I had to rearrange my commitments this morning which gave me an unexpected hour or two to call into Kew Gardens to investigate the Cherry Blossom. An early visit meaning I was the first to park outside the Victoria Gate and one of the first to go through the gates.I was guaranteed the Cherry Walk to myself!
The avenue of cherries leading out from the Rose Garden – behind the sentinels of clipped holly and which leads on to the Mediterranean Garden – is a tour-de-force, pink and white blossom extravagantly poised on near-leafless branches, many branches dipping to graze the narcissus-studded grass. There are several specimens yet to burst into blossom but most are out and despite the strong and gusty winds of recent days, the petals are sticking stuck to the trees, pristine and clean.
The view from across the Rose Garden, past the domed hollies to the Cherry Walk, with the Cedar of Lebanon trees contrasting their permanence with the ephemeral but beautiful display of cherry blossom.
Shaun the sheep and Gromit are still in evidence, lending a lighthearted note, after the festivities and family fun put on over Easter. But for me, the blossom is the thing… Every tree different and worthy of the closest of inspection. If you can’t get there, I hope these photos give you an idea of the scale and beauty the gardens offer today.
Prunus Matsumae Amayadon (above)
The pink blossom of Prunus Matsumae Mathimmurzakura (below)
Prunus Shirotae (below) with wide-spreading branches
Prunus Taoyoma Zakura (below) with pink blossom and deeper-coloured buds
Prunus Matsumae Hanagurama (below)
Prunus Matsumae Sarasa (below)
Another specimen of the Great White Cherry, Prunus Tai Haku (below)
Prunus Matsume Yaegoromo (below)
The mix of cherries in this avenue…
Prunus Shirotae (below) – a pair either side of a path leading to the Mediterranean Garden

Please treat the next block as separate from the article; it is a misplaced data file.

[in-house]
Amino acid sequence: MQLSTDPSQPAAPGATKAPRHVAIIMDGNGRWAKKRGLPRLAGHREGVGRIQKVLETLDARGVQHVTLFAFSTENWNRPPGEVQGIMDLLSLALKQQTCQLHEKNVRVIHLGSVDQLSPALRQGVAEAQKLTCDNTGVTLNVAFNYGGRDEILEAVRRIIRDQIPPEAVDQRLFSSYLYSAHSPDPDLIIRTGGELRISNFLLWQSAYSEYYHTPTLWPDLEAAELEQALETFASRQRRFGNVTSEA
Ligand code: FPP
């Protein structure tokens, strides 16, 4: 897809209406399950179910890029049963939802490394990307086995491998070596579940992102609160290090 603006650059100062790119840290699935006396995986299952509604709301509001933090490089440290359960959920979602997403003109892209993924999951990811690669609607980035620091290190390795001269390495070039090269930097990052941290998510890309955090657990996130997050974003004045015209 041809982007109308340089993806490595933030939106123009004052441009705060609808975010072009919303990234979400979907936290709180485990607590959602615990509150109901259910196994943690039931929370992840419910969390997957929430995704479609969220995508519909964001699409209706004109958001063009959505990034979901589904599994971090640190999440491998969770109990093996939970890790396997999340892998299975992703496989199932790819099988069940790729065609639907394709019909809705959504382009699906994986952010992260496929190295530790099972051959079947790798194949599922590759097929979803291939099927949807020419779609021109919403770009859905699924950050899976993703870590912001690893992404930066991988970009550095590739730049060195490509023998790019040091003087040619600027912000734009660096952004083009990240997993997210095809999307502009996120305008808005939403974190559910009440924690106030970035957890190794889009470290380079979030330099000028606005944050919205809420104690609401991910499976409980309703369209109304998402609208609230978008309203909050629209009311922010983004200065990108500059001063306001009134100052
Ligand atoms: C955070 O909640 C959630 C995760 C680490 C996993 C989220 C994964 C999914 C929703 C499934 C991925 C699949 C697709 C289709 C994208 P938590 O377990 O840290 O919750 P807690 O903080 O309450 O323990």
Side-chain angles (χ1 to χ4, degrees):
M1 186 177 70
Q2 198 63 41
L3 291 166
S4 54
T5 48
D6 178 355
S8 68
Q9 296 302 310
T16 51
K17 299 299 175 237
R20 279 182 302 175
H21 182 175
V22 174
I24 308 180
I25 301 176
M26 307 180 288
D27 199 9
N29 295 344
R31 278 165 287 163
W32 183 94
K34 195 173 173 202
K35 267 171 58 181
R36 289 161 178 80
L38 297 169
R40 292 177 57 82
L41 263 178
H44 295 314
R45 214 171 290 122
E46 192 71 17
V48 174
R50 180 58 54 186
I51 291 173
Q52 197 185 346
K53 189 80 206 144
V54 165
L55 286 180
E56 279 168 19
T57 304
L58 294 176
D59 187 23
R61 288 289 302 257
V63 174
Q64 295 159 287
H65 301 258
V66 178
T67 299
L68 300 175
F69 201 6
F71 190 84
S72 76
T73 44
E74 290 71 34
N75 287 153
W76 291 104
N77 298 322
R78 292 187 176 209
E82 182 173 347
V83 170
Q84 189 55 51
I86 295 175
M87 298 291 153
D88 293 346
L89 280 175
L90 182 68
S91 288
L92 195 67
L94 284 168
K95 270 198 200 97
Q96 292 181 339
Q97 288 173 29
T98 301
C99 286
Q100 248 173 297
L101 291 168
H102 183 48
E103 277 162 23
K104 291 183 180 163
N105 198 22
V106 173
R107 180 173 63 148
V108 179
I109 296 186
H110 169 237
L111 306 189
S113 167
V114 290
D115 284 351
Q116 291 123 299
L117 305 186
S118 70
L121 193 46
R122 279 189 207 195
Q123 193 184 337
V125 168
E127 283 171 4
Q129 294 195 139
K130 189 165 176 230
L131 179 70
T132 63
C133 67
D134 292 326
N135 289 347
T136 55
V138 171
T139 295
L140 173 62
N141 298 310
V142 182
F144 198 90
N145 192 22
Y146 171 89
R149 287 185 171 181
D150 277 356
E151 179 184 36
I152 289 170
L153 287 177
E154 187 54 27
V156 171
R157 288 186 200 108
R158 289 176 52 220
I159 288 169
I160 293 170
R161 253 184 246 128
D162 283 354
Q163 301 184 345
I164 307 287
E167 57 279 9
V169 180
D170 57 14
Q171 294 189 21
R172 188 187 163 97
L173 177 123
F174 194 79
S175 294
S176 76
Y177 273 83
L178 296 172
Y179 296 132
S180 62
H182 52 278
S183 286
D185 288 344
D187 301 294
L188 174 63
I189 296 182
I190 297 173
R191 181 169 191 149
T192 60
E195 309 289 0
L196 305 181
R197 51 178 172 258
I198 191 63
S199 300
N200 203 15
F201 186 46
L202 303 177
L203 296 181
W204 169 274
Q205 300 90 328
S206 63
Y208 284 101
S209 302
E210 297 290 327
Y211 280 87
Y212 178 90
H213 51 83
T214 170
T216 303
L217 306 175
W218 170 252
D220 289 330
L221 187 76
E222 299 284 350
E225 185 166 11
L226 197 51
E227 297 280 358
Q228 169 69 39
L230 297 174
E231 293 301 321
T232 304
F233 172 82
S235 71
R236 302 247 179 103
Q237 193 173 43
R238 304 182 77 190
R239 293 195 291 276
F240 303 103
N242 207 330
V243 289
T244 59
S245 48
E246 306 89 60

Another matched pair of (younger) trees by the Mediterranean Garden – Prunus Matsumea Hanagurama
On the opposite side of the Mediterranean Garden, a double avenue of cherries leading to the Temperate House, undergoing restoration at the moment. Prunus Asano
…. and this is the last of the cherries that I managed to capture today in the grounds of Kew, though many more beckoned across the parkland, demanding closer inspection but I had places to go and this was an unexpected but very welcome stop-over.
I took a turn around Kew Green to see if the Wisteria was out at all (it was even at the end of March last year) but not so far – but I did stop and take a closer look at this house and rather like the creamy blossom and milk chocolate leaves of this cherry, a matched pair underplanted with Box domes and spring bulbs. Enchanting.
There were one or two other things that caught my eye as I traversed the parkland at Kew but this is a strictly Cherry-based blog, and one that will be elaborated on I hope later in the week, when I hope to return. In the warmth and sunshine that is promised over the next few days, more buds will break and the show should be even more extravagant. If I have time, I must get over to the Chokushi-mon and Japanese Landscape, which really does put this display into a greater cultural context.
Given that when I was photographing the Magnolias in the last couple of weeks, this avenue was brown and bare twigs, the show has exploded Big Bang style to the display we see today. Wow, is all.
You might gather that I think some of the best gardening writing goes on in The Telegraph!
From my own archive